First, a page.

Tag Archives: Gillian Bevan

Octopus Soup!
★★½

Theatre Royal Windsor & UK Tour

Octopus Soup

Octopus Soup!

Theatre Royal Windsor

Reviewed – 1st April 2019

★★½

 

“In spite of the dogged efforts of the cast, the audience just didn’t get many of the jokes”

 

Billed as ‘an instant modern classic like ‘The Play that Goes Wrong’’, Jack Milner and Mark Stevenson’s ‘Octopus Soup!’ is a new British farce, developed and premiered by the Belgrade Theatre, Coventry, before a national tour which continues to May 4.

Where would theatre be without farce? At its best and in the hands of masters like Ayckbourn or Feydeau its ingredients are brilliant wit, sexual intrigue, and a lot of ‘business’ as comedic stereotypes get utterly confounded by impossible situations. But is the recipe right for this particular bouillabaisse?

‘Octopus Soup!’ has an accomplished and hard-working cast, admirably led by Nick Hancock, who helped to create and then presented ‘Room 101’ for seven years from its inception in 1992. He plays the risk-averse but increasingly desperate insurance man Seymour Norse who is about to make the biggest presentation of his life to the CEO of GIT, a troubled insurance company (an authoritative and satisfying performance by Gillian Bevan, who recently appeared as Theresa May in Channel 4’s ‘The Windsors’).

Before a word of dialogue is spoken, Seymour Norse has lost his trousers. A predictable enough part of the mix, but pretty wasted at the top of the show. The arrival of a blundering burglar (a smart performance by Paul Bradley) stirs up the plot, which then takes a few fishy twists before a fairly predictable ending. Norse’s nervy wife is wittily played by Carolyn Backhouse, a regular at the Chichester Festival Theatre. Eric Richard makes a satisfying appearance as a nasty underworld boss with a taste for seal sanctuaries. Terry the octopus twitches, a bullet is fired. Thanks to a well-known casserole company, which got the biggest laugh of the evening, someone is dead, or are they? So much for the slide presentation and for the plot, which stretches pretty thinly over the evening.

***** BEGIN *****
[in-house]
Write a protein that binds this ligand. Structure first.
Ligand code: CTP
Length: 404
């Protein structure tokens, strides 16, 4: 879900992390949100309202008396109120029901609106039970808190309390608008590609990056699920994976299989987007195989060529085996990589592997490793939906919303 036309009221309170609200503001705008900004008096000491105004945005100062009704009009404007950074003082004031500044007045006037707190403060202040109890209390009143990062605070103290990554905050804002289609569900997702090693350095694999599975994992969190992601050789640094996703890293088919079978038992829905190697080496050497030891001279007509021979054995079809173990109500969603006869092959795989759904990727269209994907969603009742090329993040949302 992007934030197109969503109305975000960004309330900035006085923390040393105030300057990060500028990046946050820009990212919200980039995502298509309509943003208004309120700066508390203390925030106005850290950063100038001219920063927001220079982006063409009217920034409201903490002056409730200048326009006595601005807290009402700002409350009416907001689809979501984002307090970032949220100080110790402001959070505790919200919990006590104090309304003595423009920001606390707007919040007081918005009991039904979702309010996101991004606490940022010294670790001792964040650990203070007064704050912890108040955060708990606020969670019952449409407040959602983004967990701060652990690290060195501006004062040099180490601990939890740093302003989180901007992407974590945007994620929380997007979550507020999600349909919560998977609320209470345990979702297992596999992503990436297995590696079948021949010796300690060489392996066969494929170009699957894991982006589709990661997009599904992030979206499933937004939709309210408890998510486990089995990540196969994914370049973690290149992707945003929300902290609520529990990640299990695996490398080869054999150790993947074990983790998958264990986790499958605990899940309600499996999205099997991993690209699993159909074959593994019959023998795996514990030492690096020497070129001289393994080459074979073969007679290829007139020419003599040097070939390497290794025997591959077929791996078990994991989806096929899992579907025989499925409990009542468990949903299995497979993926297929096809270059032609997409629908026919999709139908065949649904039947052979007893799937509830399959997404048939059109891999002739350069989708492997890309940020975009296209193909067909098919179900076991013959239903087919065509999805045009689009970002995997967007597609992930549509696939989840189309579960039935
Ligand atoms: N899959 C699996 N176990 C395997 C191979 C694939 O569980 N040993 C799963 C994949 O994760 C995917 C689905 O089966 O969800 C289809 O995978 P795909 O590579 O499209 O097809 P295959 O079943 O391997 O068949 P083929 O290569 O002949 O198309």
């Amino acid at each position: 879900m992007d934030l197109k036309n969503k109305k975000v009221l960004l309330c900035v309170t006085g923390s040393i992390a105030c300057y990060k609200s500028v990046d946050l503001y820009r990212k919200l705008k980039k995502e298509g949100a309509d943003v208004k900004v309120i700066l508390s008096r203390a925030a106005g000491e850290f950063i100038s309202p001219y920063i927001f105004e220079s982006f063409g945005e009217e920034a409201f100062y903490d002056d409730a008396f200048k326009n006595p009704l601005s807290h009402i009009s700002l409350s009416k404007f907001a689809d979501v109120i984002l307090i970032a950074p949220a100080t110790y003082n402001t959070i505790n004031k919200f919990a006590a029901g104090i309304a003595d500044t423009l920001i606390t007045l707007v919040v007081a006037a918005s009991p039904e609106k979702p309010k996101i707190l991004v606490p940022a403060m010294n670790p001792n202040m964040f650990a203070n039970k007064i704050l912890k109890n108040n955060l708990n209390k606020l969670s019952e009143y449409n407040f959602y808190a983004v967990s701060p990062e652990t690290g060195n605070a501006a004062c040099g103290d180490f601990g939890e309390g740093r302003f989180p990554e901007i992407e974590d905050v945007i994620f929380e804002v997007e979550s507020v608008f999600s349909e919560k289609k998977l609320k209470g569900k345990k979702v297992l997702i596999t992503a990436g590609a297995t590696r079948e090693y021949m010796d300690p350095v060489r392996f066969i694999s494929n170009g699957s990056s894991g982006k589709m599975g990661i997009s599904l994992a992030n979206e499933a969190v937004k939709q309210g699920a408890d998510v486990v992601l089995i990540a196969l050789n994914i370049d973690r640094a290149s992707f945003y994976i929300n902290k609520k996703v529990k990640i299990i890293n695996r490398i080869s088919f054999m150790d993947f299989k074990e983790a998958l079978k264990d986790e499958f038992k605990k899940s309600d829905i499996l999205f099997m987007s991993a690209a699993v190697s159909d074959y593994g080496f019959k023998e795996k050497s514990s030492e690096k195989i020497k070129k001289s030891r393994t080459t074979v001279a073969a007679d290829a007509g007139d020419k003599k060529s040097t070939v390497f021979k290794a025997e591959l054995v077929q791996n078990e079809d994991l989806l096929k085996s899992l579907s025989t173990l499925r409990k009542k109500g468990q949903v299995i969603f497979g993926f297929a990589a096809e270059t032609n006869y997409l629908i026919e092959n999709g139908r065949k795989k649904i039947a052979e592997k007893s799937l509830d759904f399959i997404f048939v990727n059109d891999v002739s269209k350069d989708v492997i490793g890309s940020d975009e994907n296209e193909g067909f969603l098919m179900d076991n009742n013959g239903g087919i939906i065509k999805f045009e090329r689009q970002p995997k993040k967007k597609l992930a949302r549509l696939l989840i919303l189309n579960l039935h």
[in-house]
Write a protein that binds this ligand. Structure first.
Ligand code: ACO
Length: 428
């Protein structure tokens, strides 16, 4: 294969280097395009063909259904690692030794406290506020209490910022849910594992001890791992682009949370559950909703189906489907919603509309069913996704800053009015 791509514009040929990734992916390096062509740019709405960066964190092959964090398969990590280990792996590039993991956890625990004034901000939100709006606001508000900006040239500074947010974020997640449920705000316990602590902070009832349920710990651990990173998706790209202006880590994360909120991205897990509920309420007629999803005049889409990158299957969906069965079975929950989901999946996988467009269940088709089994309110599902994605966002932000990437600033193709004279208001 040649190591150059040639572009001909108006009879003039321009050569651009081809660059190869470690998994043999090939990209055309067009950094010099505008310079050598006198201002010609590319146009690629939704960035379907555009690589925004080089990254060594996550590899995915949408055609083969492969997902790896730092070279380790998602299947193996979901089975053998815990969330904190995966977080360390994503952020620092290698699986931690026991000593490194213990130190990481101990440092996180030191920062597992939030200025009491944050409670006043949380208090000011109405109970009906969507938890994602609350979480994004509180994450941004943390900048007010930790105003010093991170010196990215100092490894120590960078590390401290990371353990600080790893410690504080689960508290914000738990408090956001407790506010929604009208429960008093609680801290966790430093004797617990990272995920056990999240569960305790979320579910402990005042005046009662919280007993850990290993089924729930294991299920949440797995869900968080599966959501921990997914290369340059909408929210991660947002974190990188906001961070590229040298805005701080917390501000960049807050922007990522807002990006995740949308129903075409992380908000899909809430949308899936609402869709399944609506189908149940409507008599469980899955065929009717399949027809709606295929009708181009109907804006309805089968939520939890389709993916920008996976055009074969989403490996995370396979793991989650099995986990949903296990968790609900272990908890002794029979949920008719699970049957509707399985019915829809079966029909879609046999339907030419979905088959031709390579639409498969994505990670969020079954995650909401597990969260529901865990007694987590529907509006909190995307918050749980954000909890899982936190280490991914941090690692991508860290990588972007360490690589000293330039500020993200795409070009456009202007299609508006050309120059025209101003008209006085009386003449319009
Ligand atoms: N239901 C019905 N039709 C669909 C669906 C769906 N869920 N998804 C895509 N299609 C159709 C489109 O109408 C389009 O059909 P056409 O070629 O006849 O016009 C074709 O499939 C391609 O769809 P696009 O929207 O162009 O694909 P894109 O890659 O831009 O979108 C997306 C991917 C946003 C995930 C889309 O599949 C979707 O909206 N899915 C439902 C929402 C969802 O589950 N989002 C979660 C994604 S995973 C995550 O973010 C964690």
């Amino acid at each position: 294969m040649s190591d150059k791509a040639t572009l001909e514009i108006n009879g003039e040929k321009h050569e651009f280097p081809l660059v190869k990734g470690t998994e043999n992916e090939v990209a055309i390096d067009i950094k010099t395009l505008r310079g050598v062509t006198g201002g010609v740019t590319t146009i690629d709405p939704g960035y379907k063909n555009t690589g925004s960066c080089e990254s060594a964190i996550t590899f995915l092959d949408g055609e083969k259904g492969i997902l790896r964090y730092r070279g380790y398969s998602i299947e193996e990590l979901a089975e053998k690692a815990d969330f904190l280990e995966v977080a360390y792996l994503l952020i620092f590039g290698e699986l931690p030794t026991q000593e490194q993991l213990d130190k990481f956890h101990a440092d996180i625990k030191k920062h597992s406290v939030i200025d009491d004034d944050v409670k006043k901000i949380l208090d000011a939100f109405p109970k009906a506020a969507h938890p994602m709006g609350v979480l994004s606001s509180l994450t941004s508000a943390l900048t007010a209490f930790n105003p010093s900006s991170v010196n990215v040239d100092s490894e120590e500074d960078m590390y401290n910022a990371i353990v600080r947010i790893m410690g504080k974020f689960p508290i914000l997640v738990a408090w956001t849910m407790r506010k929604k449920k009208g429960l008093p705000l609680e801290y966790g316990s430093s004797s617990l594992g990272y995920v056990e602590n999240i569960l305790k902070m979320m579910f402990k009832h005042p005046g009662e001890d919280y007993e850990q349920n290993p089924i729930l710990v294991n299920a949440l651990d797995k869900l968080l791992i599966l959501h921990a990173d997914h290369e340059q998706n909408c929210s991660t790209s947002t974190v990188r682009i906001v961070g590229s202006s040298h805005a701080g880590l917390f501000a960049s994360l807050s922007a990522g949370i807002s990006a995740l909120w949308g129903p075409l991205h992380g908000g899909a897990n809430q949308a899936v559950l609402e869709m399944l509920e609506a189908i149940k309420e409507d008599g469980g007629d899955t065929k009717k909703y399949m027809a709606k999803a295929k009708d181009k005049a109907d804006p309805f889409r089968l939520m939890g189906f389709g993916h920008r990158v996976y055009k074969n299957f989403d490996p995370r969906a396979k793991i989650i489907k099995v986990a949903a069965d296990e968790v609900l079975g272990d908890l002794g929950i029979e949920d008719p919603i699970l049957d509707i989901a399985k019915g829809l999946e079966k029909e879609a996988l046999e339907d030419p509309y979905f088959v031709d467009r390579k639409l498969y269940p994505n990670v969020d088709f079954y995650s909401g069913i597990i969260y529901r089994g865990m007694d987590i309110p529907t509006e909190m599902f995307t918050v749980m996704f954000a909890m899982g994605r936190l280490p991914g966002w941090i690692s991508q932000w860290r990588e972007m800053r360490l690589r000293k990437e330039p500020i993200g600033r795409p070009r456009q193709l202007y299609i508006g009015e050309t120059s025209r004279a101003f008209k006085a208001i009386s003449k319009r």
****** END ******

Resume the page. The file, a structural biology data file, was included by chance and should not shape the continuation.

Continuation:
Actors often say that a play that seems lack-lustre one night will shine the next, simply because of the mood of one audience compared to another. I have to report that the audience in Windsor on Monday weren’t hungry for octopus soup. The fault seemed to lie not with the performances, or the set, or even the slightly dodgy sound effects, but with the writing. Many of the jokes relied on fairly improbable malapropisms of the ‘Ethics? – I come from there!’ kind. In spite of the dogged efforts of the cast, the audience just didn’t get many of the jokes, particularly in the limping first act.

The final line sank like a damp soufflé, and the cast seemed only too quick to leave the stage.

 

Reviewed by David Woodward

Photography by Robert Day

 

TheatreRoyalWindsor

Octopus Soup!

Theatre Royal Windsor until 6th April then UK Tour continues

 

Previous shows covered by this reviewer:
Teddy | ★★★★★ | Watermill Theatre Newbury | January 2018
The Rivals | ★★★★★ | Watermill Theatre Newbury | March 2018
A Midsummer Night’s Dream | ★★★★ | Watermill Theatre Newbury | May 2018
Jerusalem | ★★★★★ | Watermill Theatre Newbury | June 2018